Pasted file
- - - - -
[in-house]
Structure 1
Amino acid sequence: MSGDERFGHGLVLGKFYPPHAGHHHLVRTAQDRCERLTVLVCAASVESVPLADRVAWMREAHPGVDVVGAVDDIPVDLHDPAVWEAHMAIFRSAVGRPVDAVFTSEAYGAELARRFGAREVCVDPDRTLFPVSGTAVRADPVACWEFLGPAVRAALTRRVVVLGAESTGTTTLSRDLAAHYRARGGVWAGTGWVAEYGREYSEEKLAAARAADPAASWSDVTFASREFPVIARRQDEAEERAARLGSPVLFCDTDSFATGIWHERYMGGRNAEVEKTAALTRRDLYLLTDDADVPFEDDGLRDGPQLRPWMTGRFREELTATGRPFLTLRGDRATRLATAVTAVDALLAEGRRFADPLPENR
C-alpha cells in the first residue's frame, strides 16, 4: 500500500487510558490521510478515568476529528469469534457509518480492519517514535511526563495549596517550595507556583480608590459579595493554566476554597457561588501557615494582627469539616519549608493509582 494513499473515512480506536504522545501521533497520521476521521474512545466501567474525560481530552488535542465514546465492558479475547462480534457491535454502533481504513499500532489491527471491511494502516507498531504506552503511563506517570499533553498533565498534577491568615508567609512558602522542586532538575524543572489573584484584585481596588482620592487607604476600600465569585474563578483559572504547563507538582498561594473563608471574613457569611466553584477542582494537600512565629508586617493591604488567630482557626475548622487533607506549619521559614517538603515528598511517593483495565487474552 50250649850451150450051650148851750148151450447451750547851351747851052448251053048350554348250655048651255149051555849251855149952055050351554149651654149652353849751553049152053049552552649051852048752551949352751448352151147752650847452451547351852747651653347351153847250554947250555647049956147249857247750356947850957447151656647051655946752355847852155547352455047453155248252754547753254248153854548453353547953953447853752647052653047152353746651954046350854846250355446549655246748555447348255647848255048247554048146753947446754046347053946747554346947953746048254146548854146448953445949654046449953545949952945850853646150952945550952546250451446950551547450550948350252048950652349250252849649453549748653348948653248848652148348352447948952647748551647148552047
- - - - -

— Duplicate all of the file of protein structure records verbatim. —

[in-house]
Structure 1
Amino acid sequence: MSGDERFGHGLVLGKFYPPHAGHHHLVRTAQDRCERLTVLVCAASVESVPLADRVAWMREAHPGVDVVGAVDDIPVDLHDPAVWEAHMAIFRSAVGRPVDAVFTSEAYGAELARRFGAREVCVDPDRTLFPVSGTAVRADPVACWEFLGPAVRAALTRRVVVLGAESTGTTTLSRDLAAHYRARGGVWAGTGWVAEYGREYSEEKLAAARAADPAASWSDVTFASREFPVIARRQDEAEERAARLGSPVLFCDTDSFATGIWHERYMGGRNAEVEKTAALTRRDLYLLTDDADVPFEDDGLRDGPQLRPWMTGRFREELTATGRPFLTLRGDRATRLATAVTAVDALLAEGRRFADPLPENR
C-alpha cells in the first residue's frame, strides 16, 4: 500500500487510558490521510478515568476529528469469534457509518480492519517514535511526563495549596517550595507556583480608590459579595493554566476554597457561588501557615494582627469539616519549608493509582 494513499473515512480506536504522545501521533497520521476521521474512545466501567474525560481530552488535542465514546465492558479475547462480534457491535454502533481504513499500532489491527471491511494502516507498531504506552503511563506517570499533553498533565498534577491568615508567609512558602522542586532538575524543572489573584484584585481596588482620592487607604476600600465569585474563578483559572504547563507538582498561594473563608471574613457569611466553584477542582494537600512565629508586617493591604488567630482557626475548622487533607506549619521559614517538603515528598511517593483495565487474552 50250649850451150450051650148851750148151450447451750547851351747851052448251053048350554348250655048651255149051555849251855149952055050351554149651654149652353849751553049152053049552552649051852048752551949352751448352151147752650847452451547351852747651653347351153847250554947250555647049956147249857247750356947850957447151656647051655946752355847852155547352455047453155248252754547753254248153854548453353547953953447853752647052653047152353746651954046350854846250355446549655246748555447348255647848255048247554048146753947446754046347053946747554346947953746048254146548854146448953445949654046449953545949952945850853646150952945550952546250451446950551547450550948350252048950652349250252849649453549748653348948653248848652148348352447948952647748551647148552047